I feel so desperately sad.
Had my final session with A. earlier today. And I just want to cry. In fact I have been crying. A lot. It just feels awful. I hate the way things have ended, it doesn’t feel good at all; there are so many loose ends that we were just never able to tie up and we will now never get the opportunity to do so. I feel we came to an impasse at some point last year, and no matter how hard I’ve tried, it’s just not been possible to break it. And that is what is making me feel so terribly sad, what I mourn. I knew that I would have to end therapy with A., that there really was no other path left to take, but, I would have liked to have been able to rebuild at least some of the things I felt got broken in the midst of this therapeutic breakdown of sorts.
I knowingly opted not to write about the last four sessions as they happened, because I wanted to use these few weeks to deal with therapy coming to an end on my own and in my sessions with A., without discussing and analysing it to bits elsewhere beforehand. I just felt that if I spend a lot of time between sessions writing about them, especially about all the things I didn’t say in session, it would somehow dilute something, would make it easier to remain emotionally remote in session, because I would have already felt the initial force of impact when dissecting it in black-on-white writing. And with this very important final phase of my work with A. I wanted to try to avoid that. Especially knowing how good I can be at switching off emotions, even when I’m actively trying not to.
But, now that it is over, I would like to share some of the things that have been going on. I’m not sure that I will be able to write about it all tonight, it all feels so terribly raw still, so there may have to be a few posts on the subject over the next few weeks, but I’ll make a start today, to the best of my ability.
There is this broken record that’s been playing in my head on repeat this whole time: How am I supposed to say goodbye at the end of the final session, walk through the door and never come back..? It’s a thought I have been wanting to share with A. throughout, but I wasn’t able to give voice to it until today, in the very last session.
The idea of never feels so terribly painful and inescapable that I’ve not quite known what to do with it. In the last few weeks, I’ve often found myself suddenly struck with sheer panic about the fact that I would soon not be seeing A. anymore. That she will no longer be my therapist. And – even more painfully – the realisation that, not only will A. not be my therapist anymore, but I won’t be her client. The link will be completely severed. Forever.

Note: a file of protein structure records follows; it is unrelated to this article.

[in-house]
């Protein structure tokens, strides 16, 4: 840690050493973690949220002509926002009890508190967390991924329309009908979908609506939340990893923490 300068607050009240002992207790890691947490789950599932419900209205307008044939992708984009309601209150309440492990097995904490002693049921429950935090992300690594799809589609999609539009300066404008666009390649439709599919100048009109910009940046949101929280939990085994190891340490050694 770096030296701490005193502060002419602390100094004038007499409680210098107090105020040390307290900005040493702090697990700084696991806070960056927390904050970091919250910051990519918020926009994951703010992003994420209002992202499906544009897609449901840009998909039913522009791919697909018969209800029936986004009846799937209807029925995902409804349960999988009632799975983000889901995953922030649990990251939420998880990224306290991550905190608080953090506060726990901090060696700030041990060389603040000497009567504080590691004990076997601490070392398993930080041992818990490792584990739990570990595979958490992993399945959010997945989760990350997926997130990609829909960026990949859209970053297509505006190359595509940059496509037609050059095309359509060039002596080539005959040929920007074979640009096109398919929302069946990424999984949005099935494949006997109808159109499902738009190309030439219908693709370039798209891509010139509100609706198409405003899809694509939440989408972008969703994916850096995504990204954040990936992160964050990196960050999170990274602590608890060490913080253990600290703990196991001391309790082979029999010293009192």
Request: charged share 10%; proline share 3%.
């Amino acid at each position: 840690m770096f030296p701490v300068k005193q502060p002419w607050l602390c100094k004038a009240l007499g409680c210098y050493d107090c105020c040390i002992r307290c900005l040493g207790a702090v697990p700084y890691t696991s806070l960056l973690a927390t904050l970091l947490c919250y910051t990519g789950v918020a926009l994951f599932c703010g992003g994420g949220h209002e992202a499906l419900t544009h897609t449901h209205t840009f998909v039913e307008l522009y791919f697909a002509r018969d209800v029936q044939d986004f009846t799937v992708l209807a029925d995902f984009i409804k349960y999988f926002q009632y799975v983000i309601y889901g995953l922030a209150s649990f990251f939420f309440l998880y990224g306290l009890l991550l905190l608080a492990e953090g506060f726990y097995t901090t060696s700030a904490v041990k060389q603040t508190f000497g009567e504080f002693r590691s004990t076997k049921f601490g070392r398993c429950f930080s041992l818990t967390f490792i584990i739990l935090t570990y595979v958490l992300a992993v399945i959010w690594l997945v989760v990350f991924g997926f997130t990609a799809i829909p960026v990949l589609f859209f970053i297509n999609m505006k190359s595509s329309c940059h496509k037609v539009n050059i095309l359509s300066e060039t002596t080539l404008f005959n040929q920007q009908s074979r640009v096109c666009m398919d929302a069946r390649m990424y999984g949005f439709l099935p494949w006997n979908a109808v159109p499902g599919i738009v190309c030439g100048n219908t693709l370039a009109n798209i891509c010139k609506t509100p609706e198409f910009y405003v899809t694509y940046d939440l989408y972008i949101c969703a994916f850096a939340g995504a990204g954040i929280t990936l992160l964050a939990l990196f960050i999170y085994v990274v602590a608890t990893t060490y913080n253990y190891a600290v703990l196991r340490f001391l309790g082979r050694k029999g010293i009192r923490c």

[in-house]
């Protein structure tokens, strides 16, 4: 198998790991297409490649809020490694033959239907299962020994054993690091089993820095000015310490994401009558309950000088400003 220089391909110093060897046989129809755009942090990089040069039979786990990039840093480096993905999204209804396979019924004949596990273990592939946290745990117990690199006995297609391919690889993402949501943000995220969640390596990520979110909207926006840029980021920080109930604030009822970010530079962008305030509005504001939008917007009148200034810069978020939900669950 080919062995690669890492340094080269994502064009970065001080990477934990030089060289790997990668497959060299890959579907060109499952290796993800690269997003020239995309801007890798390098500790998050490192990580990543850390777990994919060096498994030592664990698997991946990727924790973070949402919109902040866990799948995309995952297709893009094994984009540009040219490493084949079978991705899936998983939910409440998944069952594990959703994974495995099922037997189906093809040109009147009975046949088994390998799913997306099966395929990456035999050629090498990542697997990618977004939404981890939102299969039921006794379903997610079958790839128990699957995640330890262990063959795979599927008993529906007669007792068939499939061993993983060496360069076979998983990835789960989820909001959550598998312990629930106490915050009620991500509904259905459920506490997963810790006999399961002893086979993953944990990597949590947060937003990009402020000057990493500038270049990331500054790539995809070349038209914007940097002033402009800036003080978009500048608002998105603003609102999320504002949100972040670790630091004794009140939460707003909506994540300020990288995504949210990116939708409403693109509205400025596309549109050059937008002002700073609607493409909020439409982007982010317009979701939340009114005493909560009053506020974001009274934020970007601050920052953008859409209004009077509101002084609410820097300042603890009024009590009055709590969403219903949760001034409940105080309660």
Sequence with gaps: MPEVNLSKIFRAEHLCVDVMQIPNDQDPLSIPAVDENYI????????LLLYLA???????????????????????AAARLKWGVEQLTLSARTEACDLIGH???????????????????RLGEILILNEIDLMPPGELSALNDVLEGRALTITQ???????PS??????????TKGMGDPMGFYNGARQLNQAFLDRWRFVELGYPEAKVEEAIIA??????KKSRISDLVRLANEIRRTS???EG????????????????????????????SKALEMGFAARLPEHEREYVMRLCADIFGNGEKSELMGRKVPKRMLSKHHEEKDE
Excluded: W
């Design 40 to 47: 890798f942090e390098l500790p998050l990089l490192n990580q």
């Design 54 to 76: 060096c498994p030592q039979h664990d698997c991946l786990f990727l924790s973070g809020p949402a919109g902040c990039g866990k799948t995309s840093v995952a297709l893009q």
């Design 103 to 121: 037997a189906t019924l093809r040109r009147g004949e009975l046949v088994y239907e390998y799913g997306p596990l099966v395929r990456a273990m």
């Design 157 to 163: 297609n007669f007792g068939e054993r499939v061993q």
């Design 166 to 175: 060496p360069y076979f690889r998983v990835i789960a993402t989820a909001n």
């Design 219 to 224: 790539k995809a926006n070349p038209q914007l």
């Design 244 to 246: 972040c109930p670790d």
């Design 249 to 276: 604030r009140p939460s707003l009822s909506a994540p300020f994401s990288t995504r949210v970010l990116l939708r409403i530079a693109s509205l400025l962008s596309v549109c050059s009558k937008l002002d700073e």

And it hurts like hell.
So, I had to come up with a solution to help me deal with that. Something. Anything. And in the end it happened in the shape of two rubber ducks.. I spent some time thinking about whether or not I wanted to make a card for A. for the final session, or even give her a little something. It’s something I’ve never done in all of our years together. You see, my father – The World’s Greatest Psychotherapist – used to get Christmas cards and Easter cards and Happy Midsummer cards and other bits and pieces from his clients, and I always deeply resented this intrusion of his work in our family home. Feeling that he was already so much more involved with his clients than he was with his family, I really didn’t want reminders of his clients dotted around the house.. As a consequence of this, I’ve always felt I can’t quite cope with being That Client, and as a consequence A. has never been sent a card or left a gift or anything like that.
In the end I decided that actually, doing a little project of some sort, while dealing with the ever nearing ending, might be useful. In essence, to put my own needs before any thoughts about what impact this may have on anything or anyone. So, I came up with the rubber duck idea. It seemed fitting, because I have told A. many times that “sometimes a rubber duck really IS just a rubber duck”, meaning that not everything said in session is an echo of the world outside, and even if there is a bigger duck in the outside world, sometimes dealing with the smaller duck inside the therapy room, will be just as effective at resolving something..